3 Ways to Get Customer Insights without Talking to Customers

    GUEST POST from Robyn Bolton

    Most of my advice to leaders who want to use innovation to grow their businesses boils down to two things*:

    1. Talk (and listen) to customers
    2. Do something

    But what if you don’t want to talk to customers?

    After all, talking to customers can be scary because you don’t know what they’ll say. It can be triggering if they say something mean about your product, your business, or even you as a person. It can be draining, especially if you’re an introvert.

    Plus, there are so many ways to avoid talking to customers – Send a survey, hire a research firm to write a report, invoke the famous Steve Jobs quote about never doing customer research.

    Isn’t it just better to stay tucked away in the office, read reports, state opinions as if they are facts (those opinions are based on experience, after all), and make decisions?

    Nope.

    It is not better. It is also not safer, easier, or more efficient.

    To make the best decisions, you need the best data, which comes from your customers.

    But that doesn’t mean you need to talk to them to get it.

    The best data

    The best data helps you understand why your customers do what they do. This is why Jobs to be Done is such a powerful tool – it uncovers the emotional and social Jobs to be Done that drive our behavior and choices (functional Jobs to be Done are usually used to justify our choices).

    But discovering Jobs to be Done typically requires you to talk to people, build rapport and trust in a one-on-one conversation, and ask Why? dozens of times so surface emotional and social JTBD.

    Luckily, there are other ways to find Jobs to be Done that don’t require you to become an unlicensed therapist.

    Observe your customers

    Go where your customers are (or could be) experiencing the problem you hope to solve and try to blend in. Watch what people are doing and what they’re not doing. Notice whether people are alone or with others (and who those others are – kids, partners, colleagues, etc.). Listen to the environment (is it loud or quiet? If there’s noise, what kind of noise?) and to what people are saying to each other.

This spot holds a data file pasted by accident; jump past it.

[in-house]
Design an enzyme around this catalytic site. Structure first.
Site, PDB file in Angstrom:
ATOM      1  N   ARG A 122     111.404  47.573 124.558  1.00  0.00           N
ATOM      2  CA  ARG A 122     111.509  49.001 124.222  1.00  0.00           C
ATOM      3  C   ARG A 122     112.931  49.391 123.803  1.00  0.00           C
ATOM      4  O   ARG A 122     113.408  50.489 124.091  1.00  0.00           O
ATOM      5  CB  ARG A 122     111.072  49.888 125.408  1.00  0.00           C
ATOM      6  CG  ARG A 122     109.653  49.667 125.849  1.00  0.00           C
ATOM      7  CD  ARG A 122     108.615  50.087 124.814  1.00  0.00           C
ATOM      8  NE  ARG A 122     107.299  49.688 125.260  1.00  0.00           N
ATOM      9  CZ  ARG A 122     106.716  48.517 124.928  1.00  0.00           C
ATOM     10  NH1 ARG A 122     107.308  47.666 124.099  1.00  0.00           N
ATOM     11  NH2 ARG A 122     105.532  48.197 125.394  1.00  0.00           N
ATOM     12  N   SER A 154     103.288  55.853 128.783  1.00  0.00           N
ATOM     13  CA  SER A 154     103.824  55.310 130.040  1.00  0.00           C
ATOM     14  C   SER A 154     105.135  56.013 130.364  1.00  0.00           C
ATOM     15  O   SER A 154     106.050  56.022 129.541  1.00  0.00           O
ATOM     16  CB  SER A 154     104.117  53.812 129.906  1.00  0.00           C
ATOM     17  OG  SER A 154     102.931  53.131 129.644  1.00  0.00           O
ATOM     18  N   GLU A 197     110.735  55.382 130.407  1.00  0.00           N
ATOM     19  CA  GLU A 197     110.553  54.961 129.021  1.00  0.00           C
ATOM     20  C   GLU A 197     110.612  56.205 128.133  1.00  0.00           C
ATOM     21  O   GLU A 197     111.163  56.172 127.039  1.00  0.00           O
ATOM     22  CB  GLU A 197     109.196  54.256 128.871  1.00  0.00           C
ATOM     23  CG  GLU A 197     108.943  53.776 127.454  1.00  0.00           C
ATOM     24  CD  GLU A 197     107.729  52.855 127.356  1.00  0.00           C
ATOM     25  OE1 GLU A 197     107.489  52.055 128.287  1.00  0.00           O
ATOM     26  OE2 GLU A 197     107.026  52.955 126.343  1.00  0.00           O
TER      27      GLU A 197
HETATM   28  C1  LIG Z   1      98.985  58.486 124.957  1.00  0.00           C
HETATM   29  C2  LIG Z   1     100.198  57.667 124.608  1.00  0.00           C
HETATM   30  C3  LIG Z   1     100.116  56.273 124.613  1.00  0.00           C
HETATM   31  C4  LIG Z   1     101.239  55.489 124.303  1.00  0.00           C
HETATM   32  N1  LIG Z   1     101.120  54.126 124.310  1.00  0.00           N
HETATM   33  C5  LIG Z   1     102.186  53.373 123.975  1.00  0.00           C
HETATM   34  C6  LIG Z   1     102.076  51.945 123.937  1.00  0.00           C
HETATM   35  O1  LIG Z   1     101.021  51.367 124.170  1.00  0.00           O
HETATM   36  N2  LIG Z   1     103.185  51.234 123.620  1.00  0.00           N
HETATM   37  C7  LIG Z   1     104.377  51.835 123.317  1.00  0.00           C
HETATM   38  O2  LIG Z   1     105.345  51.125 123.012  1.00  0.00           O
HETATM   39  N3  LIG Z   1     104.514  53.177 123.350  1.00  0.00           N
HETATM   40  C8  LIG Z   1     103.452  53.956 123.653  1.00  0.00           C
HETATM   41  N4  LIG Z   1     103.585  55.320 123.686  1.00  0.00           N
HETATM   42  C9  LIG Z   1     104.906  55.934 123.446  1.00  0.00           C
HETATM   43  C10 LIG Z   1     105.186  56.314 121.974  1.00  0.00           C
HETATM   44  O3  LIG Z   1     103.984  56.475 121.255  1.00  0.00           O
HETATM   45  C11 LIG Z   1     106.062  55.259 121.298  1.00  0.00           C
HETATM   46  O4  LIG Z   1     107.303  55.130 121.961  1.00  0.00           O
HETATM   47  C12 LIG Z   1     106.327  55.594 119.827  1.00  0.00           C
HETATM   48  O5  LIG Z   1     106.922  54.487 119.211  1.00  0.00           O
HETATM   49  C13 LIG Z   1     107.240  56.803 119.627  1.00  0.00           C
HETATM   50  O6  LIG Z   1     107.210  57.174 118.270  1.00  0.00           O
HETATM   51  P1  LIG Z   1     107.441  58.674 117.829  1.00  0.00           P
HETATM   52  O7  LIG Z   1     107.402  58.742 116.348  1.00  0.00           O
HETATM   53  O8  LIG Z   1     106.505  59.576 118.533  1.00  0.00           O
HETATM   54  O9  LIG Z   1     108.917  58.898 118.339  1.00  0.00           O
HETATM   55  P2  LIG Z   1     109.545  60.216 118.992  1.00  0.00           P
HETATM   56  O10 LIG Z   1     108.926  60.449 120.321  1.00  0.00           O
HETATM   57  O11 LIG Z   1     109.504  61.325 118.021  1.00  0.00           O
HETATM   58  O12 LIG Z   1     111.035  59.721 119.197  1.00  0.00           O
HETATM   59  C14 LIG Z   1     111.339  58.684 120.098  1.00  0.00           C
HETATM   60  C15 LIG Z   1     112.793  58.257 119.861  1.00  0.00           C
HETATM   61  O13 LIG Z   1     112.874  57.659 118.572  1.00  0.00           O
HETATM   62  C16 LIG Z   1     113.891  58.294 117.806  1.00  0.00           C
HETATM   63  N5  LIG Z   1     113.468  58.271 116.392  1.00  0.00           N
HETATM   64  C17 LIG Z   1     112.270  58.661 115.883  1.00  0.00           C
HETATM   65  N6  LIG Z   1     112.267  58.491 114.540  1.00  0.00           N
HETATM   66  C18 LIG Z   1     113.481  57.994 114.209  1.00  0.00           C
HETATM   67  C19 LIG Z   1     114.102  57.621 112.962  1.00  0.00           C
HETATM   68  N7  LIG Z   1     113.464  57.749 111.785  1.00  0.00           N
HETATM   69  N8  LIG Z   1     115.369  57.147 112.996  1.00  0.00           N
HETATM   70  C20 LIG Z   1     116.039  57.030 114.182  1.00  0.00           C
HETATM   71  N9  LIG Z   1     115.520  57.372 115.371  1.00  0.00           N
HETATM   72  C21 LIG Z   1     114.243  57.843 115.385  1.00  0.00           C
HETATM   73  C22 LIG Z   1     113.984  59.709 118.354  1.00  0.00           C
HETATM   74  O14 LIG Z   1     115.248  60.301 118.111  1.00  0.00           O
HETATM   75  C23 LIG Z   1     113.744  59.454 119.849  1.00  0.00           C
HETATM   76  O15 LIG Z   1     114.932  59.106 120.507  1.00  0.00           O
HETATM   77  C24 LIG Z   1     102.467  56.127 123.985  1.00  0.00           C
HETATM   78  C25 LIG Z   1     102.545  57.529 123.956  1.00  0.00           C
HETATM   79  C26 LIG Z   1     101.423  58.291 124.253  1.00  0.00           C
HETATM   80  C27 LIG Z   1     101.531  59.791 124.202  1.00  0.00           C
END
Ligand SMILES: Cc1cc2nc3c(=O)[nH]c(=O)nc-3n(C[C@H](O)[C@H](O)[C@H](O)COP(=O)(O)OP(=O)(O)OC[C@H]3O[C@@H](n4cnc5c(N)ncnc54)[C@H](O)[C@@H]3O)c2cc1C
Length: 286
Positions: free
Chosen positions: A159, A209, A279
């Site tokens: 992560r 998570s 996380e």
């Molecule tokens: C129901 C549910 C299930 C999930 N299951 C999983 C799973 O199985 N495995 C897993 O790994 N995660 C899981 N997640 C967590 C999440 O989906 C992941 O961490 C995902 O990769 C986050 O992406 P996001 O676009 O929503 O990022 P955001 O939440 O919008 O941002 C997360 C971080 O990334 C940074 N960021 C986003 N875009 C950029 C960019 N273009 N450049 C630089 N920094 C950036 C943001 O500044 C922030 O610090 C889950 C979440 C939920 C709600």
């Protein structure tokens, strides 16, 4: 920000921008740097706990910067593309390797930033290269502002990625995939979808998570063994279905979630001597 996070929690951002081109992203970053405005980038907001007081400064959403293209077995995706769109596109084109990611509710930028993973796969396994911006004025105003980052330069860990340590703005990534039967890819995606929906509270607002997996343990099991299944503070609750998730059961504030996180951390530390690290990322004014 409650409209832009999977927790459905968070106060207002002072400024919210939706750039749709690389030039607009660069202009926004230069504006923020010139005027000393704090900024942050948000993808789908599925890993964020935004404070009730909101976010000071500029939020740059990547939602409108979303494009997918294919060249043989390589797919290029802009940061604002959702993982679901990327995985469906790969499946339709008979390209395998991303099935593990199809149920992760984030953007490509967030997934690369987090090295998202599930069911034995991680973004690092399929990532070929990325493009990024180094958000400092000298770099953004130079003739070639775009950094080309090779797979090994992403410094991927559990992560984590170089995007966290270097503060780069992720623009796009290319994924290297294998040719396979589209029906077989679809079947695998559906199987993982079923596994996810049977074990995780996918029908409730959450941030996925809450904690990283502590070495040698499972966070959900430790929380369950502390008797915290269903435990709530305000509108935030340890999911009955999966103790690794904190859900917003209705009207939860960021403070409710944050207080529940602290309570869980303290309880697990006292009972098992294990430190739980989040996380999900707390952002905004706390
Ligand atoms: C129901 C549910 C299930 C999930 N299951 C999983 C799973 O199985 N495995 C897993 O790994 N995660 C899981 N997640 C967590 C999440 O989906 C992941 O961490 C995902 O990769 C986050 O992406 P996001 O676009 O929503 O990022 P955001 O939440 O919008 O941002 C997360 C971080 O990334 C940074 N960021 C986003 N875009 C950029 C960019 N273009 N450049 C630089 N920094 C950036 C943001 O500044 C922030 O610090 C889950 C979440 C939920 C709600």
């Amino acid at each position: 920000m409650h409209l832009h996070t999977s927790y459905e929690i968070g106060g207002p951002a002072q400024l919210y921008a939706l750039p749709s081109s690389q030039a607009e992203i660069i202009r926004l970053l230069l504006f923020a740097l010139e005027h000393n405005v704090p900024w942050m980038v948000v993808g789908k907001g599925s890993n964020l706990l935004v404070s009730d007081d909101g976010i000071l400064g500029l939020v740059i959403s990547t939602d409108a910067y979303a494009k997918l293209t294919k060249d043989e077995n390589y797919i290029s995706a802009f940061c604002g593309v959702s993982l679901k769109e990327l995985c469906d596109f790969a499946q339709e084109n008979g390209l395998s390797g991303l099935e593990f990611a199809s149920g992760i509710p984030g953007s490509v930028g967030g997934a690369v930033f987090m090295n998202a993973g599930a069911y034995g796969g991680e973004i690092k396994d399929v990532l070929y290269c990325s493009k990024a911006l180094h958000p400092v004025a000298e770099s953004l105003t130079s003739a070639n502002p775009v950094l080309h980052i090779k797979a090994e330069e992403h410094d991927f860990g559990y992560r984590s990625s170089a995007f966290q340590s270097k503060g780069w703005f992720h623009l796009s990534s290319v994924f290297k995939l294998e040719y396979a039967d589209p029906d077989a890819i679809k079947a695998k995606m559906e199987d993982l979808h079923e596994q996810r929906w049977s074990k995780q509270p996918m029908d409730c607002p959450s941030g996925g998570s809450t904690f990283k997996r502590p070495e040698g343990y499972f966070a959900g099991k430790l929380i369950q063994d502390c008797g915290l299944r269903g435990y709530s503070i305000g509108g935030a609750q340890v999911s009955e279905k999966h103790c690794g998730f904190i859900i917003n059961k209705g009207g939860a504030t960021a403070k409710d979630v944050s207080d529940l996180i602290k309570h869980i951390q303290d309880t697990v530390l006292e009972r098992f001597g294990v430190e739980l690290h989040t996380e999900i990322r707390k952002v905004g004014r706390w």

Be curious. Write down everything you’re observing. Wonder why and write down your hypotheses. Share your observations with your colleagues. Ask them to go out, observe, wonder, and share. Together you may discover answers or work up the courage to have a conversation.

    Quick note – Don’t be creepy about this. Don’t lurk behind clothing racks, follow people through stores, peep through windows, linger too long, or wear sunglasses, a trench coat, and a fedora on a 90-degree day, so you look inconspicuous. If people start giving you weird looks, find a new place to people-watch.

    Observe yourself

    Humans are fascinating, and because you are a human, you are fascinating. So, observe yourself when you’re experiencing the problem you’re hoping to solve. Notice where you are, who is with you, the environment, and how you feel. Watch what you do and don’t do. Wonder why you chose one solution over another (or none).

    Be curious. Write down everything you did, saw, and felt and why. Ask your colleagues to do the same. Share your observations with your colleagues and find points of commonality and divergence, then get curious all over again.

    Quick note – This only works if you have approximately the same demographic and psychographic profiles and important and unsatisfied Jobs to be Done of your target customers.

    Be your customer

    What if your business solves a problem that can’t be easily observed? What if you don’t have the problem that your business is trying to solve?

    Become your customer (and observe yourself).

    Several years ago, I worked with a client that made adult incontinence products. I couldn’t observe people using their products, and I do not have important (or unsatisfied) Jobs to be Done that the products can solve.

    So, for one day, I became a customer. I went to Target and purchased their product. I went home, wore, and used the product. I developed a deep empathy for the customer and wrote down roughly 1 million ways to innovate the product and experience.

    Quick note – Depending on what’s required to “be your customer,” you may need to give people a heads up. My husband was incredibly patient and understanding but also a little concerned on the day of the experiment.

    It’s about what you learn, not how you learn it

    It’s easy to fall into the trap of thinking there is one best way to get insights. I’m 100% guilty (one-on-one conversations are a hill I have died on multiple times).

    Ultimately, when it comes to innovation and decision-making, the more important thing is having, believing, and using insights into why customers do what they do and want what they want. How you get those insights is an important but secondary consideration.

    * Each of those two things contains A TON of essential stuff that must be done the right way at the right time otherwise, they won’t work, but we’ll get into those things in another article

    Image Credit: Pixabay